By Elspeth Mary Witton
Having a new born baby is one of the biggest challenges parents will face. During this newborn stage almost all of us will experience a whole lot of anxiety around life with our new little one. Rest assured mum and dad, this is absolutely normal!
In fact, for the first few months after the birth of your baby, your brain is hardwired (especially for mothers) to feel an intense kind of worry around your baby’s safety at all times. This worry can really get to you and coupled with a screaming baby, an abundance of unhelpful advice and long periods of isolation, it is no wonder we can feel overwhelmed by anxiety.
It is incredibly important to make sure that you are caring for yourself just as much as you are caring for your baby – but this is often easier said than done.
No doubt you are working hard to make sure that your baby has good sleep hygiene, but you also need to put the same amount of effort and care into your own sleep. How we think and feel about our own sleep and our baby’s sleep plays a large role in how we actually sleep and how we tend to our babies needs. We tend to underestimate how much sleep we’ve had, as well as over estimate the effects that sleep deprivation has on our ability to function normally.
Adults with sleep problems, even the early parenthood kind, are encouraged to not only address the way they think about sleep but also change their behaviors around sleep. Behaviour patterns can include:
- careful caffeine use
- avoid blue light from TVs or laptops a couple of hours before bedtime
- only go to bed when tired
- get up and do something relaxing if you cannot get to sleep after 20 minutes
- get up at the same time each morning
If you feel anxious, angry or worried about being woken by your baby at night, it makes it difficult for you to read your baby’s communications. It also makes it more difficult for you to make judgement calls on how to respond according to your babies cues – is baby resettling? Does baby need a feed, nappy change, cuddle or just a little rocking?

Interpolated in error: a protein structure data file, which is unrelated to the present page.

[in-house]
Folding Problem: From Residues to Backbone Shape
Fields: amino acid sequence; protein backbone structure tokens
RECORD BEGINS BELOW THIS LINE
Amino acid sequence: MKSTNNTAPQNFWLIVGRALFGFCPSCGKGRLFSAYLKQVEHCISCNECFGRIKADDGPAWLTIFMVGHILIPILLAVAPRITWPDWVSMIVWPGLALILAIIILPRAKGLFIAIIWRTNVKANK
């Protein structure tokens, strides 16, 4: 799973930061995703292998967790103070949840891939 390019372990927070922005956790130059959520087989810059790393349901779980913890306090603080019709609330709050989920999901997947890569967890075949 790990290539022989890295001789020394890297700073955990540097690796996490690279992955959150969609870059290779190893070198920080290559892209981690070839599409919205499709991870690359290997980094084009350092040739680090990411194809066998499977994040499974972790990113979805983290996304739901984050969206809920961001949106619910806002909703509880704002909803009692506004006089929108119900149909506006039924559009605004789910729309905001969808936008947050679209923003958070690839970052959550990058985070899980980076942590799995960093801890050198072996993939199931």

We can also become less emotionally available at night to our babies when we feel anxious, angry or worried about their sleep; babies are more easily settled when we are emotionally available. To make matters even more complex, mainstream baby-sleep advice actually promotes the kind of thoughts and behaviours that adult sleep researchers tell us create or exacerbate adult sleep problems. This includes advice like staying at home to make sure your baby always sleeps in the same place, and focusing on getting your baby into a regimented routine. These actions can leave mothers feeling isolated and unsupported.
Instead of planning your day around your baby’s routine, try planning it around your own needs. Take baby with you as you go about your day.
Getting out and about with your baby – exercising, having fresh air – and socialising are powerful antidepressants and are important self-care aspects to be factored into your day. Instead of planning your day around your baby’s routine, try planning it around your own needs. Take baby with you as you go about your day. Your baby will thrive in the rich and healthy sensory diet of being out and about – the fresh air, sunshine, sights and sounds of your day.
Spending long periods trying to settle your baby in a dim lit or dark room ‘helping baby to self-settle’ is not good for you or your baby’s mood or circadian clock.
The key to making this work well for you both is to make sure that you are attending to baby’s cues promptly and having lots of little moments together, paying attention to your baby and having fun together.
There is no need to worry about your baby getting enough sleep as your baby will sleep when they need to as long as they are fed well and having a healthy sensory diet. Little things like going to the shops, the park, a cafe or museum can shed such a positive light on your day.